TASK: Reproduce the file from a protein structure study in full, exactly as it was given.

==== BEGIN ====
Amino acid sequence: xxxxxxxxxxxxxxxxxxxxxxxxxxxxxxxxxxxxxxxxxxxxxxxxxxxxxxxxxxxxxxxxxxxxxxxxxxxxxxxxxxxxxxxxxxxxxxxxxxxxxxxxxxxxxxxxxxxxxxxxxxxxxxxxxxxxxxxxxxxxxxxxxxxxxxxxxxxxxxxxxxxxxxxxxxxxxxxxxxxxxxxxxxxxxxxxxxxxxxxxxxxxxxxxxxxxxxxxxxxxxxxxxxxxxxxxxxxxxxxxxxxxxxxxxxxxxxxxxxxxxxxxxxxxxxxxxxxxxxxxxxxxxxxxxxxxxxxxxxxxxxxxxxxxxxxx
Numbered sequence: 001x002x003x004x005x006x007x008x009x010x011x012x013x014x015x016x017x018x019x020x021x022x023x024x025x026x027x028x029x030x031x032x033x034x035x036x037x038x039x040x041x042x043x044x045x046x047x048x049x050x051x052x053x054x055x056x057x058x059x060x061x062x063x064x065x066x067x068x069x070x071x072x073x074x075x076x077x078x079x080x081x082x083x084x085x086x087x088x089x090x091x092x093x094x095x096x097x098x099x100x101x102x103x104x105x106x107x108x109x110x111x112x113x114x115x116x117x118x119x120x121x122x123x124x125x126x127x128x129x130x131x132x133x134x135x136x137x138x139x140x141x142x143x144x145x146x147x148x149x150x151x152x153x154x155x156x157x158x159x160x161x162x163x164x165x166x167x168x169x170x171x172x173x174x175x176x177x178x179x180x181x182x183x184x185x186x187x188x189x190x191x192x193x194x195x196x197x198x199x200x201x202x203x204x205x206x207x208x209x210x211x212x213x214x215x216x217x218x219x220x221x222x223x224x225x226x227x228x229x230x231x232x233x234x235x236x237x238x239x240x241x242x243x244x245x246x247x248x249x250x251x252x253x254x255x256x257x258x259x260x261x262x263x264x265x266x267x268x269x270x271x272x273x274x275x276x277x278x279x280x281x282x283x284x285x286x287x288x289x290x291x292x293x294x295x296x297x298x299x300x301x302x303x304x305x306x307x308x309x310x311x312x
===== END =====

Amino acid sequence: xxxxxxxxxxxxxxxxxxxxxxxxxxxxxxxxxxxxxxxxxxxxxxxxxxxxxxxxxxxxxxxxxxxxxxxxxxxxxxxxxxxxxxxxxxxxxxxxxxxxxxxxxxxxxxxxxxxxxxxxxxxxxxxxxxxxxxxxxxxxxxxxxxxxxxxxxxxxxxxxxxxxxxxxxxxxxxxxxxxxxxxxxxxxxxxxxxxxxxxxxxxxxxxxxxxxxxxxxxxxxxxxxxxxxxxxxxxxxxxxxxxxxxxxxxxxxxxxxxxxxxxxxxxxxxxxxxxxxxxxxxxxxxxxxxxxxxxxxxxxxxxxxxxxxxxx
Numbered sequence: 001x002x003x004x005x006x007x008x009x010x011x012x013x014x015x016x017x018x019x020x021x022x023x024x025x026x027x028x029x030x031x032x033x034x035x036x037x038x039x040x041x042x043x044x045x046x047x048x049x050x051x052x053x054x055x056x057x058x059x060x061x062x063x064x065x066x067x068x069x070x071x072x073x074x075x076x077x078x079x080x081x082x083x084x085x086x087x088x089x090x091x092x093x094x095x096x097x098x099x100x101x102x103x104x105x106x107x108x109x110x111x112x113x114x115x116x117x118x119x120x121x122x123x124x125x126x127x128x129x130x131x132x133x134x135x136x137x138x139x140x141x142x143x144x145x146x147x148x149x150x151x152x153x154x155x156x157x158x159x160x161x162x163x164x165x166x167x168x169x170x171x172x173x174x175x176x177x178x179x180x181x182x183x184x185x186x187x188x189x190x191x192x193x194x195x196x197x198x199x200x201x202x203x204x205x206x207x208x209x210x211x212x213x214x215x216x217x218x219x220x221x222x223x224x225x226x227x228x229x230x231x232x233x234x235x236x237x238x239x240x241x242x243x244x245x246x247x248x249x250x251x252x253x254x255x256x257x258x259x260x261x262x263x264x265x266x267x268x269x270x271x272x273x274x275x276x277x278x279x280x281x282x283x284x285x286x287x288x289x290x291x292x293x294x295x296x297x298x299x300x301x302x303x304x305x306x307x308x309x310x311x312x